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Source: Personal library
Rating: ★★★★★

“I never look at it,” said Catherine, as they walked along the side of the river, “without thinking of the south of France.”

“You have been abroad, then?” said Henry, a little surprized.

“Oh! no, I only mean what I have read about.  It always puts me in mind of the country that Emily and her father travelled through, in ‘The Mysteries of Udolpho.’  But you never read novels, I dare say?”

“Why not?”

“Because they are not clever enough for you–gentlemen read better books.”

“The person, be it gentleman or lady, who has not pleasure in a good novel, must be intolerably stupid…”

(from Northanger Abbey, page 99)

Jane Austen sold a manuscript titled “Susan” to a publisher in 1803, but she bought it back in 1813 because it had never been published.  It is uncertain what, if any, changes were made to the manuscript after it was again in Austen’s possession, but her brother, Henry, changed the name to Northanger Abbey when it was published in 1818 after Austen’s death in a volume that also included Persuasion.

Northanger Abbey is the story of 18-year-old Catherine Morland, who we are told from the beginning was never meant to be a heroine.  The novel shows her evolution from a naïve child into a young woman with more mature sensibilities.  The daughter of a clergyman and one of 10 children, Catherine is given the opportunity to spend some time in Bath, accompanying Mr. and Mrs. Allen, a childless couple who own most of Fullerton.  The Allens are wealthy, and Mrs. Allen is a flighty woman obsessed with shopping and clothes.  When in Bath, Catherine is introduced to a clergyman, Mr. Tilney, and his sister, and she feels a connection to them right away.  She also meets Isabella and John Thorpe, the love interest and friend, respectively, of her older brother, James.  Isabella is a self-centered flirt, and John spends much of his time bragging.  Catherine, however, is oblivious to their true nature.

The book is basically divided into two sections, the first covering Catherine’s stay in Bath, where much of her time is spent socializing and reading gothic novels.  While in Bath, Catherine’s friendship with the Tilneys deepens, and her attraction to Henry grows.  In the second half of the book, Catherine is invited by Henry’s father and sister to stay with them for a time in their home, Northanger Abbey.  Here is where Catherine’s fascination with gothic, romantic novels gets the better of her.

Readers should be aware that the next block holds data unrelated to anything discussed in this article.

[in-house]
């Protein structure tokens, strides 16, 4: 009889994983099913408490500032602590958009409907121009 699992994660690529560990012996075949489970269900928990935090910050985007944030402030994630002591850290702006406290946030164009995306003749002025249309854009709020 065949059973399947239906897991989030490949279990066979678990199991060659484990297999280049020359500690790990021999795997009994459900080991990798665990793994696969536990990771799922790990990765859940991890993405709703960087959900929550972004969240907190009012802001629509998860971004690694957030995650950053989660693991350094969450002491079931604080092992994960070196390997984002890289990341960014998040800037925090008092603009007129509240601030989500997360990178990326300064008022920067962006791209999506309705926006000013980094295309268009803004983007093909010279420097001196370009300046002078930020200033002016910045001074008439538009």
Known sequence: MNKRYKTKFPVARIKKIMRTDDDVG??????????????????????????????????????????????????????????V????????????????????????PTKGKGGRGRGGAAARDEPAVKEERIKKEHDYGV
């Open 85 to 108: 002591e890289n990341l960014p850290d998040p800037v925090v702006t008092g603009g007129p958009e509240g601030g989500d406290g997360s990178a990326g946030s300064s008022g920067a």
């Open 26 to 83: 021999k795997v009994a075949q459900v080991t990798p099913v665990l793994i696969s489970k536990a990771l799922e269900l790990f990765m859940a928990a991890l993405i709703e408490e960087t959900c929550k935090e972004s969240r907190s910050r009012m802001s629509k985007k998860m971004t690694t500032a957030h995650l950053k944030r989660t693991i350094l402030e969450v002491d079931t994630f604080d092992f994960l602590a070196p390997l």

Her passion for ancient edifices was next in degree to her passion for Henry Tilney–and castles and abbies made usually the charm of those reveries which his image did not fill.  To see and explore either the ramparts and keep of the one, or the cloisters of the other, had been for many weeks a darling wish, though to be more than the visitor of an hour, had seemed too nearly impossible for desire.  And yet this was to happen.  With all the chances against her of house, hall, place, park, court, and cottage, Northanger turned up an abbey, and she was to be its inhabitant.  Its long, damp passages, its narrow cells and ruined chapel, were to be within her daily reach, and she could not entirely subdue the hope of some traditional legends, some awful memorials of an injured and ill-fated nun.  (page 132)

It’s almost as if Catherine imagines herself in a gothic novel, and the night sounds, dark crevices, and secret rooms of Northanger Abbey both intrigue and scare her.  Catherine’s curiosity about Henry’s father, General Tilney, and the death of his mother causes her imagination to run wild, and she makes an assumption that causes Henry to chastise her and help her understand the necessity of a clear line between fact and fiction.

Northanger Abbey is an entertaining novel that makes fun of gothic novels, and I thoroughly enjoyed the bantering between Henry and Catherine — especially their conversation before arriving at Northanger, when he teases her about her expectations that his home will be like those in the books she loves.  Like other Austen novels, Northanger Abbey is about love and misunderstandings, marriage and money, but the latter are not trivial topics as women didn’t have much of a future if they couldn’t marry well.  Austen’s omniscient narrator — one could assume it’s the author — takes an active role in the narrative with such statements as, “I leave it to my reader’s sagacity to determine…” (page 231) and even engages with readers.  Although it doesn’t top Persuasion as my all-time favorite Austen novel, Northanger Abbey is humorous and witty, with romance and drama, and is one of her best.  A must-read for Austen fans, and a novel I imagine I will re-read in the not-so-distant future.

Disclosure: Northanger Abbey is from my personal library.

© 2010 Anna Horner of Diary of an Eccentric. All Rights Reserved. Please do not reproduce or republish content without permission.